John Fetterman, mayor of Braddock, Pa., is a rare man with an even rarer mission: to pump new life into his 142-year-old town, the site of Andrew Carnegie’s first steel mill but now one of America's most devastated Rust Belt cities.
In the 1920s, the height of the Industrial Revolution, Braddock — about 10 miles from Pittsburgh — was a thriving suburban metropolis of 20,000 with a density similar to that of Brooklyn. Today, the population has hollowed out to under 3,000.
Where once there were 30 tailors, 25 shoe stores, 14 jewelers, 51 barbers and 53 restaurants, today there are none. Most of the structures that once housed these businesses have long since collapsed. After the decline of the steel industry in the 1970s, Braddock couldn’t hang on to its residents, leaving it all but left for dead.
But what others have written off occurs to Fetterman as a calling. The hulking, 6-foot-8 Harvard Kennedy School graduate’s commitment to Braddock is as visceral as it is visionary: He has the city's ZIP code, 15104, tattooed on his left forearm, along with the dates of each murder that has occurred under his watch. For the past several years, he has been leading efforts to creatively reknit the community, working with remaining residents to convert abandoned spaces into community spaces.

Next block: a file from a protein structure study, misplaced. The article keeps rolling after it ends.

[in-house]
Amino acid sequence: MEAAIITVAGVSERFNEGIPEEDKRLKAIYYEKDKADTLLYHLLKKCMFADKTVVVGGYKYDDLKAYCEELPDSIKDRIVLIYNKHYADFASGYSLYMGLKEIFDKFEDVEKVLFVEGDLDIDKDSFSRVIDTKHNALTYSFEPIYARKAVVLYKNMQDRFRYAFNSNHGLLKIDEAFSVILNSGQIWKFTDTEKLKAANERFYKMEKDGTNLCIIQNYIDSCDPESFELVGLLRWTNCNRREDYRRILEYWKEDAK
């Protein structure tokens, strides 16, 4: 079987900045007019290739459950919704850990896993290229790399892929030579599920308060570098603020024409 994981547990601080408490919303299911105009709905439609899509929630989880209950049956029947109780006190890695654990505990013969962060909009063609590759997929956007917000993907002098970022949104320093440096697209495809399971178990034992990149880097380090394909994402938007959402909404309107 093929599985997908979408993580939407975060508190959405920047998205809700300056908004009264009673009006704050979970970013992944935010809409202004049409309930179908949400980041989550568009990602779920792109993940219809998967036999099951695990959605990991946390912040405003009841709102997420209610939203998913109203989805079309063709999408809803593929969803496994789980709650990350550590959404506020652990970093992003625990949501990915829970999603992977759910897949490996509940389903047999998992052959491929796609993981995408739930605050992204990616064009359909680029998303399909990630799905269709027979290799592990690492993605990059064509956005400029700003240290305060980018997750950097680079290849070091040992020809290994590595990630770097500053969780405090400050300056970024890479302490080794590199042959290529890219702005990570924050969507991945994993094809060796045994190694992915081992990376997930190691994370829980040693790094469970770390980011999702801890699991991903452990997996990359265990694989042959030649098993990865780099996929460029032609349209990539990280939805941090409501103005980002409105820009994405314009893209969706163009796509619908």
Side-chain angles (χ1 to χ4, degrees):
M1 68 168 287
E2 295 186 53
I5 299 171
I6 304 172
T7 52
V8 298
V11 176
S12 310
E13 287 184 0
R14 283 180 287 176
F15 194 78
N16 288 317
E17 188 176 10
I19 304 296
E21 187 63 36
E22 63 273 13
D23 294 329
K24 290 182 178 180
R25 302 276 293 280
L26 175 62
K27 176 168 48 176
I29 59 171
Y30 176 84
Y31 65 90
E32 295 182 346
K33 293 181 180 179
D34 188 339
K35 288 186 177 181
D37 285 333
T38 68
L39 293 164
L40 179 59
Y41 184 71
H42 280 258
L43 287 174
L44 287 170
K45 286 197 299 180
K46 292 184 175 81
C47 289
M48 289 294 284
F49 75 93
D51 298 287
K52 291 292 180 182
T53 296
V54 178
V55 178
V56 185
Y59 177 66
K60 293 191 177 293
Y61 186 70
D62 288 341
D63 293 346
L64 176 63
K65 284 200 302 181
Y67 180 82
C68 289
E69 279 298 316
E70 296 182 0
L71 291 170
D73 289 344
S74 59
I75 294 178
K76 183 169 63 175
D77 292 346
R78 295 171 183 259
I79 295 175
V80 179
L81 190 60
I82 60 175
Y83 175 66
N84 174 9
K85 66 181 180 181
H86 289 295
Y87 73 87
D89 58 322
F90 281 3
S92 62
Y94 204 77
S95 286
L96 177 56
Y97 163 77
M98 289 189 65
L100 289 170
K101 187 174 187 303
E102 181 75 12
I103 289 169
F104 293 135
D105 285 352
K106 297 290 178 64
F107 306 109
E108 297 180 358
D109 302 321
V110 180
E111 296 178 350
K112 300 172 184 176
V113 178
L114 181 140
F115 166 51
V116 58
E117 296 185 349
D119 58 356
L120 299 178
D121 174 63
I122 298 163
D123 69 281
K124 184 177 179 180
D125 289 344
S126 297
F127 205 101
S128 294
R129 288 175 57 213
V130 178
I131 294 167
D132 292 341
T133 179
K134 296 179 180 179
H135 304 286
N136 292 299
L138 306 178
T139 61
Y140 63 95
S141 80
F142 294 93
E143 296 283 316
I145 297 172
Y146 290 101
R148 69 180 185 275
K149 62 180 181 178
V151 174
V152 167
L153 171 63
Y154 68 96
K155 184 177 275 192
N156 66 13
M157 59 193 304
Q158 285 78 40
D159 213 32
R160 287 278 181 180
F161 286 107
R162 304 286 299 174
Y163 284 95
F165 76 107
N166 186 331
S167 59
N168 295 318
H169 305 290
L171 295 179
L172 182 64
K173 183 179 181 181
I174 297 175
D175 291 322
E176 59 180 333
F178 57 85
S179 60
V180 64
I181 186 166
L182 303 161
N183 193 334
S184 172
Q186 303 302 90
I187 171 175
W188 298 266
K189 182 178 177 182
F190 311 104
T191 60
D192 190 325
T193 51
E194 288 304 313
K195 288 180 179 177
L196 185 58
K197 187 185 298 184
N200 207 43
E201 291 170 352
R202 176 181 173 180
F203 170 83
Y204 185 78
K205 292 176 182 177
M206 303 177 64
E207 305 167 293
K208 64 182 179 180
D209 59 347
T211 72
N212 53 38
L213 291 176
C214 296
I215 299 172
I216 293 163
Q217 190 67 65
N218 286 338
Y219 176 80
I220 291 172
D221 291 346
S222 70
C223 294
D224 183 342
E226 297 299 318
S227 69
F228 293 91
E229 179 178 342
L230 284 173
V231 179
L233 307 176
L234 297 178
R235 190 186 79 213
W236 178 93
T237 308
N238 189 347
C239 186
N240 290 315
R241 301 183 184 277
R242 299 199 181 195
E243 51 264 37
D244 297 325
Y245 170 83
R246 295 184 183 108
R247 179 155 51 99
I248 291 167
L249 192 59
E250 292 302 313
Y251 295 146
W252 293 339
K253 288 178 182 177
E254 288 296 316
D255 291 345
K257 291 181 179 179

He helped a local mason build a brick-oven pizza kitchen out of fallen debris from a neighborhood building. He purchased an old millworker’s row house with $7,000 of his own money and converted it into a foster home for abandoned children. An old Catholic middle school is now a studio and gallery for local artists.
Residents are preparing to welcome a film crew that will soon start shooting the movie version of writer Cormac McCarthy’s post-apocalyptic novel "The Road," using Braddock’s forlorn streets as a backdrop. (“Even Hollywood knows where to find good post-apocalyptic America,” Fetterman told conferees at the annual PopTech conference for social innovators Thursday in Maine.)
'Definitely still experimental'
But Fetterman, 39, is clear that his struggle to reimagine Braddock is just getting started. Fetterman told PopTech conferees that he “felt a bit like Obama must have when he got the Nobel Prize” — undeserving of public attention for his vision while the reality of his work has yet to materialize more fully.
Indeed, Fetterman — who moved to Braddock in 2001 to work on an AmeriCorps project and ended up running for mayor four years later, winning office by a single vote — almost canceled his Poptech presentation. Earlier this week, Braddock’s last large employer, UPMC (University of Pittsburgh Medical Center), announced that it would be shutting down operations and moving some six miles up the road, to neighboring Monroeville, early next year. Fetterman says it is “hard not to take that personally,” given his efforts so far.
But Fetterman remains philosophical. “This isn’t like a Lifetime Original movie, you know — something that has a guaranteed happy ending,” says Fetterman, who just made the cover of the Atlantic magazine’s November “Brave Thinkers” issue, which hits the stands this week. “I don’t yet have the answer. We’re definitely still experimental.”